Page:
Chronic myeloid leukaemia.
Lancet. 2007 Sep 29;370(9593):1127.
Abstract: Chronic myeloid leukaemia (CML) was the first neoplastic disease for which knowledge of the genotype led to a rationally designed therapy. As a result of its well known pathophysiology, straightforward diagnosis, well established prognostic factors, and treatment for the cause of disease, CML has been studied to an extent that far exceeds that expected from its frequency, and serves as a model disease for other cancers. Imatinib, an inhibitor of BCR-ABL tyrosine kinase, has revolutionised treatment of this disease, and is now recommended as standard treatment for chronic-phase CML. Interferon alfa is an acceptable alternative treatment in the early chronic phase for patients who do not tolerate imatinib. If imatinib treatment fails, allogeneic stem-cell transplantation, a dose increase of imatinib, or new drugs are recommended. Up to 87% of patients achieve complete cytogenetic remission, therefore we provide guidance for monitoring disease status. Many trials of new drugs and combination therapies that include imatinib are underway.
Harmonization of molecular monitoring of CML therapy in Europe
Leukemia (2009) 23, 1957–1963
Monitoring CML patients responding to treatment with tyrosine kinase inhibitors: review and recommendations for harmonizing current methodology for detecting BCR-ABL transcripts and kinase domain mutations and for expressing results.
Blood. 2006 Jul 1;108(1):28-37. Epub 2006 Mar 7.
Abstract: The introduction in 1998 of imatinib mesylate (IM) revolutionized management of patients with chronic myeloid leukemia (CML) and the second generation of tyrosine kinase inhibitors may prove superior to IM. Real-time quantitative polymerase chain reaction (RQ-PCR) provides an accurate measure of the total leukemiacell mass and the degree to which BCR-ABL transcripts are reduced by therapy correlates with progression-free survival. Because a rising level of BCR-ABL is an early indication of loss of response and thus the need to reassess therapeutic strategy, regular molecular monitoring of individual patients is clearly desirable. Here we summarize the results of a consensus meeting that took place at the National Institutes of Health (NIH) in Bethesda in October 2005. We make suggestions for (1) harmonizing the differing methodologies for measuring BCR-ABL transcripts in patients with CML undergoing treatment and using a conversion factor whereby individual laboratories can express BCR-ABL transcript levels on an internationally agreed scale; (2) using serial RQ-PCR results rather than bone marrow cytogenetics or fluorescence in situ hybridization (FISH) for the BCR-ABL gene to monitor individual patients responding to treatment; and (3) detecting and reporting Philadelphia (Ph) chromosome-positive subpopulations bearing BCR-ABL kinase domain mutations. We recognize that our recommendations are provisional and will require revision as new evidence emerges.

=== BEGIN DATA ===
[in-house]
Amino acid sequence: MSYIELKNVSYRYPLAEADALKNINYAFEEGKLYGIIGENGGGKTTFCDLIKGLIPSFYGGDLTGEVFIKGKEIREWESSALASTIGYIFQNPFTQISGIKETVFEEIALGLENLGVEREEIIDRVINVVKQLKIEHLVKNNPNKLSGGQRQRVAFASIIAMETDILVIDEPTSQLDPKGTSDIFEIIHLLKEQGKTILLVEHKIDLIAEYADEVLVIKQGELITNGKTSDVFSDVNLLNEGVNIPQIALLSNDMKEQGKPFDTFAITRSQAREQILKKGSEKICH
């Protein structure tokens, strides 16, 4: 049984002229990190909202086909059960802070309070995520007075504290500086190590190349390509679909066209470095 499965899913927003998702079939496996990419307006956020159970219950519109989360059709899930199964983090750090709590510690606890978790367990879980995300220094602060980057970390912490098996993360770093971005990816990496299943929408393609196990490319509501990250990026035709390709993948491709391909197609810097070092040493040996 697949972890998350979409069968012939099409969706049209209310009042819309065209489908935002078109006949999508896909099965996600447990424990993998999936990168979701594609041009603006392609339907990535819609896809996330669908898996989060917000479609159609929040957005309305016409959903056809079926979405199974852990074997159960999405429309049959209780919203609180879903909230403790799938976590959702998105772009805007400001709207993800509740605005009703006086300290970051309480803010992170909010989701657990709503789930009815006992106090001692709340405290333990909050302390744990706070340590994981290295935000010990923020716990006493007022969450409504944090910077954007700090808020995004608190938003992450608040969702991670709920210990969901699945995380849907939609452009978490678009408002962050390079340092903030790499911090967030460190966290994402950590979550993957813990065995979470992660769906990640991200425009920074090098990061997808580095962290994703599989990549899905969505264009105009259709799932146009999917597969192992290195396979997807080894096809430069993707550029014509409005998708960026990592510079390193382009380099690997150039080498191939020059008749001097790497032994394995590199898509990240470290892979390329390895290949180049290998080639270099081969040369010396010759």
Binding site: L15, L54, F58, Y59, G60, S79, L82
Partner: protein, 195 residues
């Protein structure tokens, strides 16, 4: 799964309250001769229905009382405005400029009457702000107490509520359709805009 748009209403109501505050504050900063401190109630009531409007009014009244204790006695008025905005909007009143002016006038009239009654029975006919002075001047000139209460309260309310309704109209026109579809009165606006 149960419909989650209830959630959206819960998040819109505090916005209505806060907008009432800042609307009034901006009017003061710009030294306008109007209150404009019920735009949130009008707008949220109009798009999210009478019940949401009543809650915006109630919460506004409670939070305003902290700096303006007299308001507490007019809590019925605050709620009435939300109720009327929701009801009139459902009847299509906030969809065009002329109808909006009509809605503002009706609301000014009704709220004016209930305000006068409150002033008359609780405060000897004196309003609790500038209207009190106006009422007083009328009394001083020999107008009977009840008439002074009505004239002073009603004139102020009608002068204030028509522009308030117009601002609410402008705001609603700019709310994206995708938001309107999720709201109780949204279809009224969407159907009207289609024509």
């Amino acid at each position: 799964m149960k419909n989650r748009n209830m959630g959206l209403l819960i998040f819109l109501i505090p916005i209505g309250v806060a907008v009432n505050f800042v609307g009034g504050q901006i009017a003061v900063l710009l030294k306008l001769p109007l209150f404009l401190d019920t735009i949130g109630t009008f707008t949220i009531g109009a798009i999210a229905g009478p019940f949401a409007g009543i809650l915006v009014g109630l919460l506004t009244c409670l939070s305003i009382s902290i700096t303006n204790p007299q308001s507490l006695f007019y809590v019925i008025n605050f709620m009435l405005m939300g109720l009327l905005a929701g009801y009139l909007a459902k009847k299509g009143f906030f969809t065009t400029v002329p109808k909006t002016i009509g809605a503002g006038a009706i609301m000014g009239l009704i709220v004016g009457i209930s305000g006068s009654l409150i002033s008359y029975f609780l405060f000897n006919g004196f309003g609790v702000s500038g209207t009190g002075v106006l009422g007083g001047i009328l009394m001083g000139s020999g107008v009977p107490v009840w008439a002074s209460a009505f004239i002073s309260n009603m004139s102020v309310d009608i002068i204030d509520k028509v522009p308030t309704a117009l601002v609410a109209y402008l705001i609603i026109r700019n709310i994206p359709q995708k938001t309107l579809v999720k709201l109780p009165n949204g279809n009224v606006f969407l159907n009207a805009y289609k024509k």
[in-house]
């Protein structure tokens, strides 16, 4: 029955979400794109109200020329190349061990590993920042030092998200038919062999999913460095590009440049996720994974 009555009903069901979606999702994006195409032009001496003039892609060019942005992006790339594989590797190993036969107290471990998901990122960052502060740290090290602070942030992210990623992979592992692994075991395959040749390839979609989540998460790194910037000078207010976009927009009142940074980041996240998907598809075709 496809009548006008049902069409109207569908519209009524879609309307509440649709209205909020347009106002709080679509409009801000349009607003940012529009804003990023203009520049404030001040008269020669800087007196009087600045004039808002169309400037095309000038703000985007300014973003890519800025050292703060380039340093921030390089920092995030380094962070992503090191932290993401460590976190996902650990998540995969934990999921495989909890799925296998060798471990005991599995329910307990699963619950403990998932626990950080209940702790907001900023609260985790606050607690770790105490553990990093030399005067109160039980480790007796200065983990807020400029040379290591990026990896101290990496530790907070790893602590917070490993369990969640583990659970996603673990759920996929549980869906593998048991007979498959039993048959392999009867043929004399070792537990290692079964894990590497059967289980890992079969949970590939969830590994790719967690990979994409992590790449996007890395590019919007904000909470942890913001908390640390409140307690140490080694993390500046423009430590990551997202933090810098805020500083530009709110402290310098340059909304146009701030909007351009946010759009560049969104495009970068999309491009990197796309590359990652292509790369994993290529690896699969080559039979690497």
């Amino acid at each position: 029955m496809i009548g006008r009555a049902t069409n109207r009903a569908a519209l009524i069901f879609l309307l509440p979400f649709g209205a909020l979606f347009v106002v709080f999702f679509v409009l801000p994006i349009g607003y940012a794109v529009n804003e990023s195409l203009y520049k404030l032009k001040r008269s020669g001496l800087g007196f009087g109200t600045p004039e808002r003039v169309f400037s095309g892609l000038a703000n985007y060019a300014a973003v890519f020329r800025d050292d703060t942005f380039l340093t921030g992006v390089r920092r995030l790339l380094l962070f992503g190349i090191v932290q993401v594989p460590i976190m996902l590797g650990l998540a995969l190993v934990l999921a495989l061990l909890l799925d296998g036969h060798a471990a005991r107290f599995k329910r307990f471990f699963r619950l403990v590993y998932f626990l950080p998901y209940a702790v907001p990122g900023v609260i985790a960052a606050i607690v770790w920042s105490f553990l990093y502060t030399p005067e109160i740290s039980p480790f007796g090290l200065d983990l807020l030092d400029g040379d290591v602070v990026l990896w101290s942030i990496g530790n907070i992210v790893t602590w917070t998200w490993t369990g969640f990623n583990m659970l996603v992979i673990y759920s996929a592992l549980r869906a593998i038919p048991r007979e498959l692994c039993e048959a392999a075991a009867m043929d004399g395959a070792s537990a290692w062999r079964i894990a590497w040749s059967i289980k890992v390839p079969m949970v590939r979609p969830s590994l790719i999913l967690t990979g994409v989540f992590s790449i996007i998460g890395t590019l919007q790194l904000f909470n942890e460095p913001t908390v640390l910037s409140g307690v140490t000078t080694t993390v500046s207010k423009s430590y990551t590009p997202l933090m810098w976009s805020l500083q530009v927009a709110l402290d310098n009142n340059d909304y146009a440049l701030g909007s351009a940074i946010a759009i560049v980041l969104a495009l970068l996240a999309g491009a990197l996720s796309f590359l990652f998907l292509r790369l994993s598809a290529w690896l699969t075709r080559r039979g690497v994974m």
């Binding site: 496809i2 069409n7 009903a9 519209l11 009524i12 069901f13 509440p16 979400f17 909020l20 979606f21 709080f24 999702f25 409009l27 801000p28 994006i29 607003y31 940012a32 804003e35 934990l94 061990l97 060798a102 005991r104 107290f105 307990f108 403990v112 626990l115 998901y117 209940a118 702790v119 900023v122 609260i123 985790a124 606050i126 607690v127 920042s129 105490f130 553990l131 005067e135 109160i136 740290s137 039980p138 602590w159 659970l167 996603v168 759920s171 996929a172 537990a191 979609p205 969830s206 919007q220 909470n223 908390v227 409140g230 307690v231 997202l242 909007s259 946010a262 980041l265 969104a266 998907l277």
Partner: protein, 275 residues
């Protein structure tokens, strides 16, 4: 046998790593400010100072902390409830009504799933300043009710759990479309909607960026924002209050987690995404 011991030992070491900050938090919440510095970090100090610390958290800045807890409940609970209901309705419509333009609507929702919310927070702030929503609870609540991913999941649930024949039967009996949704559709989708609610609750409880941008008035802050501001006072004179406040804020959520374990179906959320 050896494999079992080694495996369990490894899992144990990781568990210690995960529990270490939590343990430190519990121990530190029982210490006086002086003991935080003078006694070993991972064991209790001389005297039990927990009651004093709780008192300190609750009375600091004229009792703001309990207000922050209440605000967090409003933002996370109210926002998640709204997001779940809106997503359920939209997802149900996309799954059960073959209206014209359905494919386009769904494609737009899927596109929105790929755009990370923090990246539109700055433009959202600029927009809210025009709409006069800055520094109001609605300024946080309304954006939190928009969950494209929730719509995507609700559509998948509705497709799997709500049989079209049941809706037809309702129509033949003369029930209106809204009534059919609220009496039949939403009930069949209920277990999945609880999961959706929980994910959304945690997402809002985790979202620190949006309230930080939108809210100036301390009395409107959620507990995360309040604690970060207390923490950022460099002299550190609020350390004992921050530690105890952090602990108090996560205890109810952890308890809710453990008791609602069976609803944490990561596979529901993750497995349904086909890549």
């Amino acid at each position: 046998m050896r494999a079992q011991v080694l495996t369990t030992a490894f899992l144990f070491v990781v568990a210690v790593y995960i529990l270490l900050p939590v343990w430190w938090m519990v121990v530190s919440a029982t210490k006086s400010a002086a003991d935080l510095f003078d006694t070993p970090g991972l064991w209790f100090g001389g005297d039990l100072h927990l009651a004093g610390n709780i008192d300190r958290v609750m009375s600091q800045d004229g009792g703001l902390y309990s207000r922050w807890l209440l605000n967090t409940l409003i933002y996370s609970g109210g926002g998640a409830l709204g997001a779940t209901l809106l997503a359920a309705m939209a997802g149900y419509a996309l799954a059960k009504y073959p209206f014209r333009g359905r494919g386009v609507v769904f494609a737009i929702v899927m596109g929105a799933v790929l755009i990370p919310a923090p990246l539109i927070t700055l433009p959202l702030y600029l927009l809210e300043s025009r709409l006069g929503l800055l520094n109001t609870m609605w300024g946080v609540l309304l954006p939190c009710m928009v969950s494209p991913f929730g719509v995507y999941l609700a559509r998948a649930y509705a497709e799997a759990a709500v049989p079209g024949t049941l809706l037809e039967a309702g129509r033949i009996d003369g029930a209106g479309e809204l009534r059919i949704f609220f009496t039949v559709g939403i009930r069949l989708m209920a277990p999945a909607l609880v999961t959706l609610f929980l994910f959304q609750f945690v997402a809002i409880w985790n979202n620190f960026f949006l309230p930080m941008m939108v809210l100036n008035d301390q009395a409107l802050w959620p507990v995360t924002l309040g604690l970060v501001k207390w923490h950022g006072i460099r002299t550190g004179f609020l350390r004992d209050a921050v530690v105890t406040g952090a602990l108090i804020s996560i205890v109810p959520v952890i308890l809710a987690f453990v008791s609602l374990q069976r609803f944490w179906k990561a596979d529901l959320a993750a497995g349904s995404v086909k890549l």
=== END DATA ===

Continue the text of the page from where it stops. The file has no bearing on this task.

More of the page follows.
Rationale for the recommendations for harmonizing current methodology for detecting BCR-ABL transcripts in patients with chronic myeloid leukaemia
Leukemia. 2006 Nov;20(11):1925-30. Epub 2006 Sep 14.
Molecular monitoring for patients with chronic myeloid leukaemia (CML) has become an important practice in the era of imatinib therapy. For successful widespread introduction into the mainstream patient monitoring schedule, many procedural aspects of the complex real-time quantitative polymerase chain reaction (RQ-PCR) technique for measuring BCR-ABL transcripts require optimization. Recommendations for harmonizing the differing methodologies have recently been proposed. These recommendations were designed to maximize reliability of analysis for clinical decision making and proposed the adoption of an International Scale of measurement. The purpose of this review is to present the evidence and supporting data for specific recommendations. These recommendations include use of the same source of cells, either blood or marrow, for analysis; for validation of equal PCR amplification efficiencies of cDNA and standards when using a plasmid to construct standard curves and for ensuring ongoing high-level performance by undertaking a quality assurance programme. Clinicians must know the measurement reliability of an RQ-PCR assay to be able to determine the significance of a change in BCR-ABL level. An assay with poor precision limits the clinical usefulness of results. International harmonization should establish RQ-PCR measurement of BCR-ABL as the best method for monitoring treatment response for patients with CML.